Perhaps. Or perhaps motion through the galaxy alone is enough, even without dark matter, to account for the solar system’s disturbance. Or, it could be that we’re chasing phantoms—the statistical detection of impact periodicity and extinction patterns is weak: maybe there really is no periodicity to be explained. As always in science, time will give us more to consider.
Image: Nature/C. Carreau-ESA
As much as I hate to keep picking on Cosmos, its good to see that its historical inaccuracy has not gone uncontested, even outside of the religious media. Here’s Discover‘s Corey Powell asking, “Did ‘Cosmos’ Pick the Wrong Hero?”:
“Despite his heresies, Bruno was neither impoverished nor alone. In reality, he had a series of powerful patrons. In 1579, he was appointed a professor of philosophy in Tolouse, France. In 1581, King Henry III of France offered him a lucrative lectureship at the Sorbonne. In 1583 he visited England, lived with the ambassador to France, and met regularly with the Court…and so on. The gaunt, lonely fellow you see on screen in Cosmos is not the real Bruno.
Nor was Bruno the simple, humble figure shown on TV. A major reason he moved around so much is that he was argumentative, sarcastic, and drawn to controversy. He engaged in bitter academic disputes, many of which had nothing to do with his cosmic framework. One example: He fled France because of a violent dispute about the proper use of a compass (seriously).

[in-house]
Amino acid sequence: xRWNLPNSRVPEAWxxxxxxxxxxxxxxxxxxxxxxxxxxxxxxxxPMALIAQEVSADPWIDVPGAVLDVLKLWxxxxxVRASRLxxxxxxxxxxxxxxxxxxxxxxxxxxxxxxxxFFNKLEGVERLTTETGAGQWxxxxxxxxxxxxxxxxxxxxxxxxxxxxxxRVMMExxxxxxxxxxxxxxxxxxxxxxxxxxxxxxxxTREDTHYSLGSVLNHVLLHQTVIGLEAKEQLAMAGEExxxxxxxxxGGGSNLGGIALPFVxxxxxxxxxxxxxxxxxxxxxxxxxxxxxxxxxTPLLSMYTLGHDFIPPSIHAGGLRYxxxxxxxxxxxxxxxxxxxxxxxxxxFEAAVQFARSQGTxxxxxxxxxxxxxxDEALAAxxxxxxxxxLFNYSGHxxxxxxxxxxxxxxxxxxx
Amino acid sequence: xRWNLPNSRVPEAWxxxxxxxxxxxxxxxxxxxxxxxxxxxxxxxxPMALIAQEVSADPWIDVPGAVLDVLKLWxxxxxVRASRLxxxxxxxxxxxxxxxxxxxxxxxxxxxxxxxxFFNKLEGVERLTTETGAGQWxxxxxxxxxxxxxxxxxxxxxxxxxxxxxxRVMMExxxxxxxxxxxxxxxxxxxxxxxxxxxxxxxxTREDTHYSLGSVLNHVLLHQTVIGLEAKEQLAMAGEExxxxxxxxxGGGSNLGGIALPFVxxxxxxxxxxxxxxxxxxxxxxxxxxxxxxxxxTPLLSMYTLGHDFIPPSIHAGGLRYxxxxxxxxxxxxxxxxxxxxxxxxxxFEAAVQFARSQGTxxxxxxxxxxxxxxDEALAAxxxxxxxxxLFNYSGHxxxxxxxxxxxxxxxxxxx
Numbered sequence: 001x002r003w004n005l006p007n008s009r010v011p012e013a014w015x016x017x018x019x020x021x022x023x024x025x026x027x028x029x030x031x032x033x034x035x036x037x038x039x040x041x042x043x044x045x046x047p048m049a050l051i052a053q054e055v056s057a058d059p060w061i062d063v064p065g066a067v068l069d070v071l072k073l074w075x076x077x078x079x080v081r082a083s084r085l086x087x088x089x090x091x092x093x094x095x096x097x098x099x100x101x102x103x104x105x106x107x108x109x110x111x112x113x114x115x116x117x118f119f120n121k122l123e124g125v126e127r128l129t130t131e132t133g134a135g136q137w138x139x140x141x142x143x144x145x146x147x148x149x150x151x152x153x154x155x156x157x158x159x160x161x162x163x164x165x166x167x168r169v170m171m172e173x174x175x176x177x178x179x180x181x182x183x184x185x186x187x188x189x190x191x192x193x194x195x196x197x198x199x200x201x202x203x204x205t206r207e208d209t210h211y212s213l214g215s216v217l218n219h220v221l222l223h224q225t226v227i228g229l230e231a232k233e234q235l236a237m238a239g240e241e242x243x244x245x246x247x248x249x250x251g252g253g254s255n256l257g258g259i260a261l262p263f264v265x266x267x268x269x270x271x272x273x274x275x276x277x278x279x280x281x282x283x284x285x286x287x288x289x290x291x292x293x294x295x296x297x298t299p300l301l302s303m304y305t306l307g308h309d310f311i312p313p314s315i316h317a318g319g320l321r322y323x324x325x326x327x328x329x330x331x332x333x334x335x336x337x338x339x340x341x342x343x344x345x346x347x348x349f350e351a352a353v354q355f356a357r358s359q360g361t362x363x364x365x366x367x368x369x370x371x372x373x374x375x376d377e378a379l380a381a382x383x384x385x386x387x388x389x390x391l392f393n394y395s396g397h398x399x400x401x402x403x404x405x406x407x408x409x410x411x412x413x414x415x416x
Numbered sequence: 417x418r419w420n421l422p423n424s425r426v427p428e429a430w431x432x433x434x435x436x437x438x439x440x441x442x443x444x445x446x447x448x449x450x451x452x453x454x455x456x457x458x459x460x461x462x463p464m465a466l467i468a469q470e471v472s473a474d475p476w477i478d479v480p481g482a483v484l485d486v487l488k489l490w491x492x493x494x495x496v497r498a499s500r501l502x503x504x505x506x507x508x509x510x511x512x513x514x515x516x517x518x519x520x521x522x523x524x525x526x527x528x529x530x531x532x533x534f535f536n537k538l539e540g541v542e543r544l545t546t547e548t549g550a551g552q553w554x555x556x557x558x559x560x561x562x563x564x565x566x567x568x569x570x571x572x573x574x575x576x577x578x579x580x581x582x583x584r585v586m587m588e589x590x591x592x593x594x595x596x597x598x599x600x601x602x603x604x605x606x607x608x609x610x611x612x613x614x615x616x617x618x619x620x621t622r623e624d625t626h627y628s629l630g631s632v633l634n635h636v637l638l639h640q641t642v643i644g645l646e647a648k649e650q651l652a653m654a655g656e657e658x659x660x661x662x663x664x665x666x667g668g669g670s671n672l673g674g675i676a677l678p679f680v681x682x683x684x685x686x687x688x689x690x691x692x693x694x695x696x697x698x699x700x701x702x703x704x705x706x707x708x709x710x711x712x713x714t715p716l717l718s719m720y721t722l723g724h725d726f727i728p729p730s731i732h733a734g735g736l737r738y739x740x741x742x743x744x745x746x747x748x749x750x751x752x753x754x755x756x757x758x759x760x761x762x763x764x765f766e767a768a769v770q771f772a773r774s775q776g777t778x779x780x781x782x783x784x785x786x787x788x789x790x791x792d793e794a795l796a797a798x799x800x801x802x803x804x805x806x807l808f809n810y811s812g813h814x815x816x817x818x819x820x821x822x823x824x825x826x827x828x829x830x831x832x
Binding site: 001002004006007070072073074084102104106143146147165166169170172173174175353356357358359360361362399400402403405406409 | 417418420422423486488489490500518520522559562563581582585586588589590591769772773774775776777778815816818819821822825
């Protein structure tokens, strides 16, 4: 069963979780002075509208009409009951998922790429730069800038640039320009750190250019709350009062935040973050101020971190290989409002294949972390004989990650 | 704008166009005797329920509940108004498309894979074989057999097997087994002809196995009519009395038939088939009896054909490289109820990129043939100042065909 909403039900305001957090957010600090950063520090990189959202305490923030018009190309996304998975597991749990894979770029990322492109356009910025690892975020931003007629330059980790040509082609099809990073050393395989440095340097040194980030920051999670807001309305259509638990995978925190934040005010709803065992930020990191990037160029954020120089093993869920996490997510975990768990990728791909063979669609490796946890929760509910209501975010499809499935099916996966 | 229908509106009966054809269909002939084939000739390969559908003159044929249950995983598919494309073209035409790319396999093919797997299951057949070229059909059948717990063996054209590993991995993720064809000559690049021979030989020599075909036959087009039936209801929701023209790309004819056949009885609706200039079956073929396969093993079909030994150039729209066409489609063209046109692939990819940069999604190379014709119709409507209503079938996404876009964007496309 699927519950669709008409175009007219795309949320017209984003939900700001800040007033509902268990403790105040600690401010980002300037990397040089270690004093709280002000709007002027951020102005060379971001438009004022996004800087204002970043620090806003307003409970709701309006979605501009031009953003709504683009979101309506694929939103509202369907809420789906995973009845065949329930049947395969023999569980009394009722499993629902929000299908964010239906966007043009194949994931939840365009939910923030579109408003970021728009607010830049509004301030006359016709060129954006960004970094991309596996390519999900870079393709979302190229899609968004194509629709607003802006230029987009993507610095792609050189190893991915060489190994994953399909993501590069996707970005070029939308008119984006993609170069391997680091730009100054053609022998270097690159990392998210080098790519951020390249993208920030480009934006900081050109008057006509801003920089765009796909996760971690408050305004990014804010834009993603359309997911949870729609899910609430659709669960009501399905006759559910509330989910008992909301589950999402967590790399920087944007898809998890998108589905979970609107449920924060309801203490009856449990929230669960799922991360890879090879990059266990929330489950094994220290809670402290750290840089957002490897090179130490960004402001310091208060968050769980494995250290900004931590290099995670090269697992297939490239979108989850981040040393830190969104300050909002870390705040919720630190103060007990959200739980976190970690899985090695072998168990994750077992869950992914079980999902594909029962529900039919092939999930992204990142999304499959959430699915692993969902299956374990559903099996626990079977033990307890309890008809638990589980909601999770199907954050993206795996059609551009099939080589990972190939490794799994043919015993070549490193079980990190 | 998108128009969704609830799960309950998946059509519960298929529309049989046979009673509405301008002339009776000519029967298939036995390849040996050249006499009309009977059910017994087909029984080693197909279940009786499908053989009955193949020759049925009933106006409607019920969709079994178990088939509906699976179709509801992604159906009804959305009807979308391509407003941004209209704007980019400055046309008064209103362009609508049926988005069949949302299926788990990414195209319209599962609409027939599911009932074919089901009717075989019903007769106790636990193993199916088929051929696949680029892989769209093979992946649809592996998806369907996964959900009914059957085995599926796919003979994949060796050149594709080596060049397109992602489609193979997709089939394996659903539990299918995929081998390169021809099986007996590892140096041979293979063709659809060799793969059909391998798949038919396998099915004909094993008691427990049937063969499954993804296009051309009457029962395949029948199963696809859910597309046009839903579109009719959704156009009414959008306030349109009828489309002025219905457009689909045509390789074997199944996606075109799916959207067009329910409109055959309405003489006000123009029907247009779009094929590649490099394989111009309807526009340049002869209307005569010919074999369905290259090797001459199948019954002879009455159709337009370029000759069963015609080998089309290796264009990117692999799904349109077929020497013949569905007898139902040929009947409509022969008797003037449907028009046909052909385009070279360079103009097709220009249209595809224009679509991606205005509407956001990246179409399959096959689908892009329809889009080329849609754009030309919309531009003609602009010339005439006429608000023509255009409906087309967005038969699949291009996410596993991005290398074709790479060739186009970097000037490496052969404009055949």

None of this means that Bruno in any way deserved his fate. But neither does he deserve to be reduced to a cartoon about intellectual freedom. He was a brilliant, complicated, difficult man.”
“When he describes his line of work, John Polkinghorne jests, he encounters “more suspicion than a vegetarian butcher.” For the particle physicist turned Anglican priest, dissonance comes with the territory. Science parses the concrete: the structure of the atom and the workings of the brain. Religion confronts the intangible: questions about ethics and the purpose of life. Taken literally, the biblical story of Genesis contradicts modern cosmology and evolutionary biology in full.